“When I got into the squad and was around Gareth Southgate, I could finally show them my qualities in training and play in the games. They knew that I could be a consistent figure in the squad then, I think.”
When you live the life of a professional footballer, the extraordinary becomes your daily very quicky. By Rice’s own admission, he has to remind himself not to take the life he has crafted for himself for granted.
“U18s coach Mark Phillips always texts me when I go to an England camp and he says ‘don’t ever take it for granted’. It’s true because one day I’ll be sat at home, probably with a beer belly, and hopefully I’ll be watching a few of these current West Ham youngsters playing for England.
“But these are the best moments of your life. I’m 23 now and I don’t think I’ve hit where I can go to yet. I just want to get as many England caps as is possible.”
And so attention turns to Qatar. To the 2022 FIFA World Cup.
England’s record this calendar year has not hit the heights previously set but Rice recognises the need to, in his words, ‘shake the camp’.
With the tournament just around the corner, the midfielder is ready to go.
“Not one country goes through a perfect record and wins every game. You need to have a blip. You need results that shake the camp a little bit to realise where you’re at and where you can improve.
“The games we played in the summer were really tough. We finished the season, had ten days off, and basically got called in for a mini tournament. We could see the lads all looked knackered. We gave our all, gave 100 per cent and tried our best but no one looked sharp or match fit really.
“I think people forget though, over the last three or four years, we’ve beaten teams 3-0, 4-0, 5-0 and even more for fun. Of course, it’s not been like that recently but it’s down to us as players, when we pull on the shirt, to perform. I think you’ll see that at the World Cup. This is the biggest stage and, if you want to win it, you have to leave it all out there.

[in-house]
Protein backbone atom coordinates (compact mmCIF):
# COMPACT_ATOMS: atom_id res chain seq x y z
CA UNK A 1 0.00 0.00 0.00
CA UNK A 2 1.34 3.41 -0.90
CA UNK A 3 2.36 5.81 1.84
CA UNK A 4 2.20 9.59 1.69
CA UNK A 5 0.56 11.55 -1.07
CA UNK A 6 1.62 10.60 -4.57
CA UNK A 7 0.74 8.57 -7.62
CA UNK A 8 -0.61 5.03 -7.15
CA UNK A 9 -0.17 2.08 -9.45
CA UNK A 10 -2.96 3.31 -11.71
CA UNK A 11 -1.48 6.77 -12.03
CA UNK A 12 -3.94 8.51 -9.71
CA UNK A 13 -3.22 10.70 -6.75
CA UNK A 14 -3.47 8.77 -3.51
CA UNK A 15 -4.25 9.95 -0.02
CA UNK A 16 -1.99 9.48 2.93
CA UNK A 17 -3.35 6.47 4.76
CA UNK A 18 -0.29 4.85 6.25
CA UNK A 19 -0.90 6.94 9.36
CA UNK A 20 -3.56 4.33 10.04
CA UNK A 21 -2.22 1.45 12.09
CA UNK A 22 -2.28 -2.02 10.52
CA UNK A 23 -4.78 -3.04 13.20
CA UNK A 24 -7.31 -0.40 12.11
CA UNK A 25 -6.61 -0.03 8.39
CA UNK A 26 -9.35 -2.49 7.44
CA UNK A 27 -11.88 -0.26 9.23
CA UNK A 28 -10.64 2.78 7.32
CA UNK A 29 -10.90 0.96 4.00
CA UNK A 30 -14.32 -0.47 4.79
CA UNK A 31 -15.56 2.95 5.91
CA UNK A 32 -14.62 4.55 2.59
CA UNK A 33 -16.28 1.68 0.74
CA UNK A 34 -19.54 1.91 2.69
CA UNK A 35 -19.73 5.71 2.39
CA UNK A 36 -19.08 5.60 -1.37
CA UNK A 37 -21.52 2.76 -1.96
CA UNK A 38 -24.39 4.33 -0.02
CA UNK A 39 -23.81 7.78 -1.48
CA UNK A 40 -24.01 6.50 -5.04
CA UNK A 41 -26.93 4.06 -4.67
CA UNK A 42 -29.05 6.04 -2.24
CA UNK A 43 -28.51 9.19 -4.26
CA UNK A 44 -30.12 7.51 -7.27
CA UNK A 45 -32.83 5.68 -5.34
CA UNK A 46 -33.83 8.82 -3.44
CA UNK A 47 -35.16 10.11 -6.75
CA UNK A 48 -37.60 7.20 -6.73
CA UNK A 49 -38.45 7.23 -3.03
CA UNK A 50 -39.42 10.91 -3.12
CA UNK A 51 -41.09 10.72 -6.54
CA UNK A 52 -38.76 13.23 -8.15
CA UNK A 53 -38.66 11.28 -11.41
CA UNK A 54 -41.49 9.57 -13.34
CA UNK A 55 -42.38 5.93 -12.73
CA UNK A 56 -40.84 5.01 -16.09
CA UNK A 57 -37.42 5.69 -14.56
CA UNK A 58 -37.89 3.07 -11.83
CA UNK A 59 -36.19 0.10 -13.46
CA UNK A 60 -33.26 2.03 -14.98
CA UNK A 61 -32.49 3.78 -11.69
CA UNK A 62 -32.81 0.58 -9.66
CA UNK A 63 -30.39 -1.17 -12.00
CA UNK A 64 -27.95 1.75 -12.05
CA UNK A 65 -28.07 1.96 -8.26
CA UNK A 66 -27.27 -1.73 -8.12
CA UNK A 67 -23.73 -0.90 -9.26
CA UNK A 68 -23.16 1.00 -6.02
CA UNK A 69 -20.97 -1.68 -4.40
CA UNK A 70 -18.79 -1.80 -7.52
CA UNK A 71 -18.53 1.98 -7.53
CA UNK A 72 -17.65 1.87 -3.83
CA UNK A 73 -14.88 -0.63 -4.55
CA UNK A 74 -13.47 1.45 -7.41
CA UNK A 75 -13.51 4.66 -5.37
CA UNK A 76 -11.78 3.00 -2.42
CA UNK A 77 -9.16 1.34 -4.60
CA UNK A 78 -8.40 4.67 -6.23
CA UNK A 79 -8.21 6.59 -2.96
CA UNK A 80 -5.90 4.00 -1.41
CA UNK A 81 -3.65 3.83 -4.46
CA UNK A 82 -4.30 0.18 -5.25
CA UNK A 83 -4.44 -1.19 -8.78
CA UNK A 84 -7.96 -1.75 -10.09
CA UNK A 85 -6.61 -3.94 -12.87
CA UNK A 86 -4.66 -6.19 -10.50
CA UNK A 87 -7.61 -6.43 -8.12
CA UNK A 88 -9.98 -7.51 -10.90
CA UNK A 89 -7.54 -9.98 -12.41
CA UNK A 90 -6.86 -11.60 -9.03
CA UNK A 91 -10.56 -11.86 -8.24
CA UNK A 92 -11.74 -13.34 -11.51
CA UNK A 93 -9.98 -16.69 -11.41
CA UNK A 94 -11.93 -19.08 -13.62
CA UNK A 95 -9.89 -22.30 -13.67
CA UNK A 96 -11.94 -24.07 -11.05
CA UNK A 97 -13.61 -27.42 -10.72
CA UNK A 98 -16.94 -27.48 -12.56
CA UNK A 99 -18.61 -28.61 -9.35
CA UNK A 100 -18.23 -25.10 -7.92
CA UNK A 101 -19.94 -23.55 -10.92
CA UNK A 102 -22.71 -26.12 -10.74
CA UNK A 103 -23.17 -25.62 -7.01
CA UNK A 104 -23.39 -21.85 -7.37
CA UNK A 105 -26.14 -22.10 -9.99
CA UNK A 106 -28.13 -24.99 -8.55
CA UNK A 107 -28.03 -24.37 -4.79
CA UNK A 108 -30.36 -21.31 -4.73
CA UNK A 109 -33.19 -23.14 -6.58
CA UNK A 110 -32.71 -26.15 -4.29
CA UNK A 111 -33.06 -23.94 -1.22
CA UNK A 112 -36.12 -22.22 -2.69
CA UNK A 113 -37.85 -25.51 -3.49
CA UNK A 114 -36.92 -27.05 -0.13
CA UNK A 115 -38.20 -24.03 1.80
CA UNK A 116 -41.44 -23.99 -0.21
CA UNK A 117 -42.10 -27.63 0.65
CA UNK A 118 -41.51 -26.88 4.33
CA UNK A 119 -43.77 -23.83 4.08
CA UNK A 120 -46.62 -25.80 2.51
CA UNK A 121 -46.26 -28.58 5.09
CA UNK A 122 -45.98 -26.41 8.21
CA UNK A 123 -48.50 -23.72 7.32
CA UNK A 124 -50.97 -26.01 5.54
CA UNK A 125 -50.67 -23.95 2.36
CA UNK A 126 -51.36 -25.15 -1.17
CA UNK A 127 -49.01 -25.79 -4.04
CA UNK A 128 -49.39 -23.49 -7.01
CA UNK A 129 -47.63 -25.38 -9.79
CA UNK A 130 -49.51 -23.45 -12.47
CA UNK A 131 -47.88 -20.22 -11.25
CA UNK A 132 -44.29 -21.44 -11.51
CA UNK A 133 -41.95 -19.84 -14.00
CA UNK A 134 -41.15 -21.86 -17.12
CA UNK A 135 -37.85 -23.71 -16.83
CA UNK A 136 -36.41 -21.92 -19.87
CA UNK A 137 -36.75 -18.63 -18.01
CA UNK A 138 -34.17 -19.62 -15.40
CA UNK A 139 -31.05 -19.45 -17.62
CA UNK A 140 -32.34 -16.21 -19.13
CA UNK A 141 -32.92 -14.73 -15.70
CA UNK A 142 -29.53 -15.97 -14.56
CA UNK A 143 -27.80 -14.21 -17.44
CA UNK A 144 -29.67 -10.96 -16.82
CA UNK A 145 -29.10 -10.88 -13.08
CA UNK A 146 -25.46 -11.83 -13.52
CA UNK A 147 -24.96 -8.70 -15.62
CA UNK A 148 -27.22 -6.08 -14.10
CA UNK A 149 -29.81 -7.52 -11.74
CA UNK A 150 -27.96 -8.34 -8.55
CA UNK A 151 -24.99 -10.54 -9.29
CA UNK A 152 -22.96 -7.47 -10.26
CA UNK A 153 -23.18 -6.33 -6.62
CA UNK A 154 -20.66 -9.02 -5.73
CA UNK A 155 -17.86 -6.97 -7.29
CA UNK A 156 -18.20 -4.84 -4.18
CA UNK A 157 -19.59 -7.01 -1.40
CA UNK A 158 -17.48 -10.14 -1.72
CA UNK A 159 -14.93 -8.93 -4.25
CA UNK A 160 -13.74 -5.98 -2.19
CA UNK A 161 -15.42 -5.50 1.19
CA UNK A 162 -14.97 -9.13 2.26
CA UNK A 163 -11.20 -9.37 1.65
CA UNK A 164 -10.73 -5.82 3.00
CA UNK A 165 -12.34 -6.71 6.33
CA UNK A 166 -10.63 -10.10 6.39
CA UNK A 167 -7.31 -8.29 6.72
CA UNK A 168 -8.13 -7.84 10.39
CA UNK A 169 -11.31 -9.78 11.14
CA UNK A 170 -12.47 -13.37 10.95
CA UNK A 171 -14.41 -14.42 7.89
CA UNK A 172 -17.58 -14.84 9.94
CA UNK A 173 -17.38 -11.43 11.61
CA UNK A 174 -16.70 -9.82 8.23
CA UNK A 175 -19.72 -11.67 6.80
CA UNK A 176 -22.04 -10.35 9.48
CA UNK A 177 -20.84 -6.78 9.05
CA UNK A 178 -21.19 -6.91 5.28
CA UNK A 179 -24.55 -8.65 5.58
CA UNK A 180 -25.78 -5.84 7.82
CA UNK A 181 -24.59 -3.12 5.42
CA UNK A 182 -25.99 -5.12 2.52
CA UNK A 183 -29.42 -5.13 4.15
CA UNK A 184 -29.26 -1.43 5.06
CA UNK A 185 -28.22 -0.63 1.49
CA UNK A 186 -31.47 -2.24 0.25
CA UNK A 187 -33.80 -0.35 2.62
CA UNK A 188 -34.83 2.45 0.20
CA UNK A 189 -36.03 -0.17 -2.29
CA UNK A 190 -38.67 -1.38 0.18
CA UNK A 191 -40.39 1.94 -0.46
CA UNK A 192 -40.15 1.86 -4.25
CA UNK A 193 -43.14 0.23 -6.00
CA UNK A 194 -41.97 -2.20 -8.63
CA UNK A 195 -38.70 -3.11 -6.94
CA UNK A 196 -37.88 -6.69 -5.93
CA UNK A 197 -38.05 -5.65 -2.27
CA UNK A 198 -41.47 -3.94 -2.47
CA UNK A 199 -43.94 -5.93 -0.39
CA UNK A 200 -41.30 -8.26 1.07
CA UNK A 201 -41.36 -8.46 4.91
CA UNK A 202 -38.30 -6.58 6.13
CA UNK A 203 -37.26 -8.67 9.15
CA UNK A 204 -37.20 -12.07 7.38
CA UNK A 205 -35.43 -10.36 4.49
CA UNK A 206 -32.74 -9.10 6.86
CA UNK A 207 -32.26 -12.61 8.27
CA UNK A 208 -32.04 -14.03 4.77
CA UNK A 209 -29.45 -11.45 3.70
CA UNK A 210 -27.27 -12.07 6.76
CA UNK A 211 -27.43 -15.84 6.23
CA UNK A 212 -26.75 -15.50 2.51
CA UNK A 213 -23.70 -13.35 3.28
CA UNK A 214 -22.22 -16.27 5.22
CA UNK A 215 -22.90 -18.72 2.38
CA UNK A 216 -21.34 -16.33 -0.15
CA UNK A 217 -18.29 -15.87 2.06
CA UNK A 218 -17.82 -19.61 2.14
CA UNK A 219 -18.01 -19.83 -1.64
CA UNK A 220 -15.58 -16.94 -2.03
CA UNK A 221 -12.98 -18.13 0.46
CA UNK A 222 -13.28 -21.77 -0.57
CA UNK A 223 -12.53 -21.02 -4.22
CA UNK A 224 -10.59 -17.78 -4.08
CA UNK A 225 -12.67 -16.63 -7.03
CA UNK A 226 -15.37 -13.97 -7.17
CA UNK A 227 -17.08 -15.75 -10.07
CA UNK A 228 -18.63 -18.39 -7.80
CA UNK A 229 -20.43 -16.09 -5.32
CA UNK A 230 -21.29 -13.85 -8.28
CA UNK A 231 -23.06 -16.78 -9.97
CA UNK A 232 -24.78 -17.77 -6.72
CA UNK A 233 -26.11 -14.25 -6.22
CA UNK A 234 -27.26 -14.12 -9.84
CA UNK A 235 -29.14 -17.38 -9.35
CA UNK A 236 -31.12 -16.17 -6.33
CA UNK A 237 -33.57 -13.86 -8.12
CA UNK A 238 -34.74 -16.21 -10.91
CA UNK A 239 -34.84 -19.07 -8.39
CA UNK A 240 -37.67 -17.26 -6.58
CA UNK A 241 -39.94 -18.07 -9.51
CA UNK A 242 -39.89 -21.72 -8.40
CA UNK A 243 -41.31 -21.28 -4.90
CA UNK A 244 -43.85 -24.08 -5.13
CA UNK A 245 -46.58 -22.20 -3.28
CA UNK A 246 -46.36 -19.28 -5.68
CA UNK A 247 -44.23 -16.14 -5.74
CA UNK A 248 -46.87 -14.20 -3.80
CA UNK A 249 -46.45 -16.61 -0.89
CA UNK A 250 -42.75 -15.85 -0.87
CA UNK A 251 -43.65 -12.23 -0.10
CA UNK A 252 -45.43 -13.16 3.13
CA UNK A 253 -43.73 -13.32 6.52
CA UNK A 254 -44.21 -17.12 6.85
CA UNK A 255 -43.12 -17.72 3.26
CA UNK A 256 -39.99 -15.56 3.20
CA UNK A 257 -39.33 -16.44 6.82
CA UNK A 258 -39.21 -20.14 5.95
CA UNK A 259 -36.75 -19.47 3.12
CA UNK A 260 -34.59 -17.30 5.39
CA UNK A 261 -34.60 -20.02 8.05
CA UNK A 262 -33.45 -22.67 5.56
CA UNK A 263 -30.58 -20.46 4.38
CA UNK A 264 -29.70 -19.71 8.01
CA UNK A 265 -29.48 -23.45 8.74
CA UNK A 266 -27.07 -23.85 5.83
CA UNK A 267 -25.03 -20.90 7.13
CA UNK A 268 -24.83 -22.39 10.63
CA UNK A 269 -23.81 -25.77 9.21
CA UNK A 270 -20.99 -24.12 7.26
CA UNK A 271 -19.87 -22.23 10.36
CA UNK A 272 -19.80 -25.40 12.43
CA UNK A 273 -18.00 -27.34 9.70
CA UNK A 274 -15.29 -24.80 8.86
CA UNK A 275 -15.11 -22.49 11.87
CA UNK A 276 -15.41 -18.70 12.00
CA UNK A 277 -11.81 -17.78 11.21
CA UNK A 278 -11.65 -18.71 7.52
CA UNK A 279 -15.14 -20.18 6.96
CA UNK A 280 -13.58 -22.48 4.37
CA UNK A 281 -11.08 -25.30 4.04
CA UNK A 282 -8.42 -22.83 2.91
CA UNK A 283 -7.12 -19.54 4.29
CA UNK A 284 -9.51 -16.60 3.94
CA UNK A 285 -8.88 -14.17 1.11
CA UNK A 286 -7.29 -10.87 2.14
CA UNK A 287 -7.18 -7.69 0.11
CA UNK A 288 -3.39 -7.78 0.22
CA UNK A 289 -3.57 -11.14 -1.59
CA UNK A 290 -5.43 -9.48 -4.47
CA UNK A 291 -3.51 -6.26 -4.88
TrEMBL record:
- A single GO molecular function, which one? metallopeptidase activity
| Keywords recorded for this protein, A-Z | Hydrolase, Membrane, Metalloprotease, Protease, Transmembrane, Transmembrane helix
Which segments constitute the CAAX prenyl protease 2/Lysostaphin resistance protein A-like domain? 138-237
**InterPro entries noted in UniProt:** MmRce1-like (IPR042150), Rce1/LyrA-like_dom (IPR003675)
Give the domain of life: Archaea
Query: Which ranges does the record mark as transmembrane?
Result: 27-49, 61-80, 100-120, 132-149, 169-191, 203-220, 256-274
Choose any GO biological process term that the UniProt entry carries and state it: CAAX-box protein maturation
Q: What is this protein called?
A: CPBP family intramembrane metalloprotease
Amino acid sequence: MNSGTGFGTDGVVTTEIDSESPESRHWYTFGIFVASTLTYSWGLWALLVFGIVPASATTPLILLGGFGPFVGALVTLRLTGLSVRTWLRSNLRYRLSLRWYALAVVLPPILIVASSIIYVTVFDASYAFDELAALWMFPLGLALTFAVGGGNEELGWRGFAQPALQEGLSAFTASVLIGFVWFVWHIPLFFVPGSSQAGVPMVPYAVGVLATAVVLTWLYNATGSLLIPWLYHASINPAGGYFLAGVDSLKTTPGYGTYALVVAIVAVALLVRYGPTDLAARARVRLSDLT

“I’m ready for the World Cup. I’ve been able to keep myself fit, which is the main thing. It’s weird because it’s in the winter. It’s not like the summer tournaments where there is a massive build to it. The World Cup is happening now and it’s hit me a bit about what an honour it will be. I just want to get out there and play that first game.”
Whatever happens in Qatar, Rice will return to West Ham United at the end of December still a graduate of the Academy of Football, something he will never be ungracious for.
It was in the halls of Chadwell Heath, with the support of these coaches, mentors and friends, that Rice became the man he is today.
His success – first-team debut, England caps, a World Cup appearance - is their success, and he will never forget it.
“It’s cliché, but all of this is like a dream. You see so many people talking about it, but I’ve actually done it.
“Honestly, you do take it for granted because you’re focused on it so much on a daily basis, and there’s so much pressure on that side of things that you don’t really get a chance to sit and think about the things you achieve in your career. I don’t think I will until the end.
“Hopefully by then there’s a few trophies, including the World Cup. Hopefully we can have the red carpet out on Saville Road, leading down to Chadwell Heath, so I can share it with everyone here too.”